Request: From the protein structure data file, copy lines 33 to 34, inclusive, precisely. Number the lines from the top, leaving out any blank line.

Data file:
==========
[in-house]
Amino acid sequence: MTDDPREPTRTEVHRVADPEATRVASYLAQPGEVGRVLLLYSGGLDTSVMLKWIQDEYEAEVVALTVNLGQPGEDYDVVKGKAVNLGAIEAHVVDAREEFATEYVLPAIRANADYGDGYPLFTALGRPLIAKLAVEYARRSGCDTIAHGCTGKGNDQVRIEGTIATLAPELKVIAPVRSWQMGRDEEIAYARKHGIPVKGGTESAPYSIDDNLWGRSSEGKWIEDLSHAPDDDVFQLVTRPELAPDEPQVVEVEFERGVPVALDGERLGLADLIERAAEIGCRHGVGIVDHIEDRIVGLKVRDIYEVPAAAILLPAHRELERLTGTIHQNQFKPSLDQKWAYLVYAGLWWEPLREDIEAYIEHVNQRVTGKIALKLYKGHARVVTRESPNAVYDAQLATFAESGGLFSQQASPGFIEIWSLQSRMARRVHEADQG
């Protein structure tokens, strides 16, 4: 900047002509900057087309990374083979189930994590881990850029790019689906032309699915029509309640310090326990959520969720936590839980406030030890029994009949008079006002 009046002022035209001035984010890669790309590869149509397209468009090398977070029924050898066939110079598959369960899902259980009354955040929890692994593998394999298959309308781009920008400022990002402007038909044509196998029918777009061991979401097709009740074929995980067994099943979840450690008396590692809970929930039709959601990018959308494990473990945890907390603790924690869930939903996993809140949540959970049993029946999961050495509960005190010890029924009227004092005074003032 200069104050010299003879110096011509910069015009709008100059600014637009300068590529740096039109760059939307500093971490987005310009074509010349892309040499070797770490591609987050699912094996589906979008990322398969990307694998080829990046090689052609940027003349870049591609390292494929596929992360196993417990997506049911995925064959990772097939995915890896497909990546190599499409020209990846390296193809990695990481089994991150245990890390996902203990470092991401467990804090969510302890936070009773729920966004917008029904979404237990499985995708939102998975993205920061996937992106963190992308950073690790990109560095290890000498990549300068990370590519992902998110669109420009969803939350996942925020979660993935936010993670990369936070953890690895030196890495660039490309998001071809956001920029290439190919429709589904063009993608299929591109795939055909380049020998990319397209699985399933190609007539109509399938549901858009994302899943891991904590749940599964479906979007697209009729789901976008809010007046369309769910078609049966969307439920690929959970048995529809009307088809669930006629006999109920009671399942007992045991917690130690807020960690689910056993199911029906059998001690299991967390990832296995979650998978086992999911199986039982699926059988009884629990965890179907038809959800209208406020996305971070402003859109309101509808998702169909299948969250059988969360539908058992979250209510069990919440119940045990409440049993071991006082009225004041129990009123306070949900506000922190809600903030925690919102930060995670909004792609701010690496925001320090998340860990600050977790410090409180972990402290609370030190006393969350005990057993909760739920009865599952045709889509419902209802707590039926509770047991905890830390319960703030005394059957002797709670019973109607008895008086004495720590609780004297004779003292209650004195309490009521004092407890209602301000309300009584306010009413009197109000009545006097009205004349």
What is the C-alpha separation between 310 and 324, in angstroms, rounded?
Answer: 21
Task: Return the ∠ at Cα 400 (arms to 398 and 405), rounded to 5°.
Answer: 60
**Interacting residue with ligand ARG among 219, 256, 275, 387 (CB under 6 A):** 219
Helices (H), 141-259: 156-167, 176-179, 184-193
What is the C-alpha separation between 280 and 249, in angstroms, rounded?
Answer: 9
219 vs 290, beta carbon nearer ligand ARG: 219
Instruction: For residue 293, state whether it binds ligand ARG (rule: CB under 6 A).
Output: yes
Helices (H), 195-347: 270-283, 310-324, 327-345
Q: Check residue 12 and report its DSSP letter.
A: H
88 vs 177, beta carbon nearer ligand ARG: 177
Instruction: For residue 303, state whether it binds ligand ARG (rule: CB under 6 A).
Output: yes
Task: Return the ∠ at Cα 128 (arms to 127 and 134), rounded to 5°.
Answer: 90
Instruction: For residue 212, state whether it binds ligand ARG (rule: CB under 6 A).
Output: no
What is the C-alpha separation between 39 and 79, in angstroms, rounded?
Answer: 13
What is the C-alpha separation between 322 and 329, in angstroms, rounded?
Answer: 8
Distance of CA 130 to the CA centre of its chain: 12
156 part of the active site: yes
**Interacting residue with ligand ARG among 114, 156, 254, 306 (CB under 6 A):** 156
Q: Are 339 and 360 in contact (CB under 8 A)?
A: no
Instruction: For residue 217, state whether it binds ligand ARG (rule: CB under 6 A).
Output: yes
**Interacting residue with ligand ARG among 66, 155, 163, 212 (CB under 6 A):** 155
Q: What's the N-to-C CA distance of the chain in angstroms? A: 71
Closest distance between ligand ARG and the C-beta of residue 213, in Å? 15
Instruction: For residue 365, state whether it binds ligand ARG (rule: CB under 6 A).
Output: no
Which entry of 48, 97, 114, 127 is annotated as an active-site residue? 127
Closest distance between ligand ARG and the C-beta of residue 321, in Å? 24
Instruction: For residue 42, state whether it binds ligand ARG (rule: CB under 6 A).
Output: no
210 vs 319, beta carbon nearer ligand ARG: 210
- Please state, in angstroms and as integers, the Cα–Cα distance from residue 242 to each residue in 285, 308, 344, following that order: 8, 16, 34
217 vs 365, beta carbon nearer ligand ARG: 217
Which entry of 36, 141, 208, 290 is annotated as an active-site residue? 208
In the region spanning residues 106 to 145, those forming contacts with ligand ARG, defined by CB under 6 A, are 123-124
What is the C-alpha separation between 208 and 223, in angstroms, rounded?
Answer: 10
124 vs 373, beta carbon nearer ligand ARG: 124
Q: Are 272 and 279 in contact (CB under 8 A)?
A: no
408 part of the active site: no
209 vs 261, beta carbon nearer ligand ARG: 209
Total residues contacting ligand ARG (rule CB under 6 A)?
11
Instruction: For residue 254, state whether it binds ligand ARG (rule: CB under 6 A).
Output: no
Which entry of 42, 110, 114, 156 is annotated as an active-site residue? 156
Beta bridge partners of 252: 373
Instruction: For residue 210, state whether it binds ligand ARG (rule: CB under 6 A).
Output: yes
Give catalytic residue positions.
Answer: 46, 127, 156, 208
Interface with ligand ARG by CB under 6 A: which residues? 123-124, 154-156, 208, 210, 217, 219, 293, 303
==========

A: no
Instruction: For residue 217, state whether it binds ligand ARG (rule: CB under 6 A).